/92 28 Jun 1710: "... Mr Morton says he has not only made Mr Adderton covenant to relinquish all his right and title to our niece Rebecca's share of her father's estate, but also to the share of the 5 sisters. It was not so expressed in your letters and I did not know when I last wrote that Mr Morton had so ordered the matter. Mr Adderton did first consult one Mr Thomas Philips, an attorney, who did not object against anything in the settlement, nor did Mr Adderton himself, but did agree to settle the whole estate on our niece and her children and told me he would order Mr Morton to progress it with speed. It seems he has since advised with one Mr Wase, a lawyer in Salop, concerning it, who last week sent me the enclosed, and I wrote him word I would send him an answer to what he said concerning the 30 per annum he would have excepted in the settlement and to the other objections he made after I had acquainted you with the matter. I believe it is usual and but reasonable to have some part of an estate at marriage unsettled for fear of contingencies when there is room for it, but I think there is scarce sufficient room here. I believe Mr Adderton will not break off if you do not comply with his request..."
/93 26 Jul 1710: "... Cousin Hill of Sutton came yesterday here and showed me you letter to him and desired me to acquaint you that he would not make a demand of a fortune for his son but leave it to yourself. He tells me his estate is 400 per annum, but owns his debts are considerable, but would give me no particular of them. He also owns the 1500 on the estate to Mr Lloyd who married a daughter by his first wife. He has by the latter wife 3 daughters which he says must have portions but would not say how much, so that you will be much in the dark in relation to this matter. I am sorry for him and concerned to see how low his credit now is in the country, and I believe it's a grief to him to have so great debts on so small an estate. I am sure it's not more than 350 per annum. I told him I would write this day to you and would wait on him after I had your answer. ? Mr Adderton was here the last week to desire me to write to Mr Morton to engross the settlement as soon as he conveniently could. There are not any alterations to be made besides that in relation to the 30 per annum to be at his own disposal. I tell Mr Adderton I shall pay him 500 ready money here and give him a bill on you for the other 700 to be paid a four days' sight. ?"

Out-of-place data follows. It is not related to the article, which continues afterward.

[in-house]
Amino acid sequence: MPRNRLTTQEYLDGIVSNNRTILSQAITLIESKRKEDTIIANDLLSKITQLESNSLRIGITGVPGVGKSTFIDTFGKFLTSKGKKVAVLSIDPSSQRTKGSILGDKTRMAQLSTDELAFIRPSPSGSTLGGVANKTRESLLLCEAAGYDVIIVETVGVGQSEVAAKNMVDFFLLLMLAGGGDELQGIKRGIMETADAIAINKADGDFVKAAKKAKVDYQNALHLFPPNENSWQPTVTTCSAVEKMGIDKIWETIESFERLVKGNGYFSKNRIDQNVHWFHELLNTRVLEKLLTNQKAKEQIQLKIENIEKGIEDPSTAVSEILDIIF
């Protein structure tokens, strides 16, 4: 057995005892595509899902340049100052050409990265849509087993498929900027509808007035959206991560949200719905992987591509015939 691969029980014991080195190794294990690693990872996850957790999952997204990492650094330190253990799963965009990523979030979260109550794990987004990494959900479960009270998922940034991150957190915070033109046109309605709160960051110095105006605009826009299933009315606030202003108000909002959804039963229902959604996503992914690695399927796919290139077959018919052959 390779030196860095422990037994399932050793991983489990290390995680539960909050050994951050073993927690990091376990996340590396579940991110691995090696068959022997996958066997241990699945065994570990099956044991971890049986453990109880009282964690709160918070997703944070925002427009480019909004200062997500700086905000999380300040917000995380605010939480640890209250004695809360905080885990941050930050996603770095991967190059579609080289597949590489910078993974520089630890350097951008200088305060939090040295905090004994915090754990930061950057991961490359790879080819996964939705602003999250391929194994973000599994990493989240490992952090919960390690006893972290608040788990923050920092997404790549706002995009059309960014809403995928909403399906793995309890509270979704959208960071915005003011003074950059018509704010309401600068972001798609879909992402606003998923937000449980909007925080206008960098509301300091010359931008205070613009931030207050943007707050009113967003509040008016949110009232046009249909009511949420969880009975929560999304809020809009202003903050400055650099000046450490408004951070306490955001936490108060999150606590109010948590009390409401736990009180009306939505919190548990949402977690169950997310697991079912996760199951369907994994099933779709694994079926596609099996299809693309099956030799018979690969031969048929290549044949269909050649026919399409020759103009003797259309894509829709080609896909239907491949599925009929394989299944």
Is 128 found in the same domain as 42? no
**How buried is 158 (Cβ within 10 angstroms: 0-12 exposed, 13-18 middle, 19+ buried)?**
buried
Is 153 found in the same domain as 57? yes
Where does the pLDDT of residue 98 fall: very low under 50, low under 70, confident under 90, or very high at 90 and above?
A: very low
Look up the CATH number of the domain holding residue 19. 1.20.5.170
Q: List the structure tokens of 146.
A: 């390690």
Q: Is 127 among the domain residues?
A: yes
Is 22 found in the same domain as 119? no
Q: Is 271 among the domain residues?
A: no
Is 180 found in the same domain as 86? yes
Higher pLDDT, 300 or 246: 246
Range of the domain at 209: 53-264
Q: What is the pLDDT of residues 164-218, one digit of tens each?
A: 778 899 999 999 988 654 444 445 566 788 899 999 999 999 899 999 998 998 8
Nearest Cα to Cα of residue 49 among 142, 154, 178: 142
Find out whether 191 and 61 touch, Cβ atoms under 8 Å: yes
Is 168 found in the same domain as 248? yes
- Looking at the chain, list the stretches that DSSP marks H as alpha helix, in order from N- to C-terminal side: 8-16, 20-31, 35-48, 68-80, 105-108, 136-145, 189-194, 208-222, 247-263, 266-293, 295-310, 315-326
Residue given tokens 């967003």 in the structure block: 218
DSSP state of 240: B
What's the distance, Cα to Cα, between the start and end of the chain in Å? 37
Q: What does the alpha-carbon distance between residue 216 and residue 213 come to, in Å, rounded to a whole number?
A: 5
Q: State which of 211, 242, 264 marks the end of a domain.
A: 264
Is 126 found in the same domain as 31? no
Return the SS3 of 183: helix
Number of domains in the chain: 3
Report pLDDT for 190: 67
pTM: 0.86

/94 2 Aug 1710: "... Mr Adderton has seen what our niece and he are to sign in [?] next. It is understood by Mr Morton that the share of Brother Robert's estate is to be sold and made over to yourself. I think the settlement will be engrossed the week after the assizes. They will be married privately by Brother Price at Weston Chapel and will stay a week or 2 after at Hawkstone with [me]."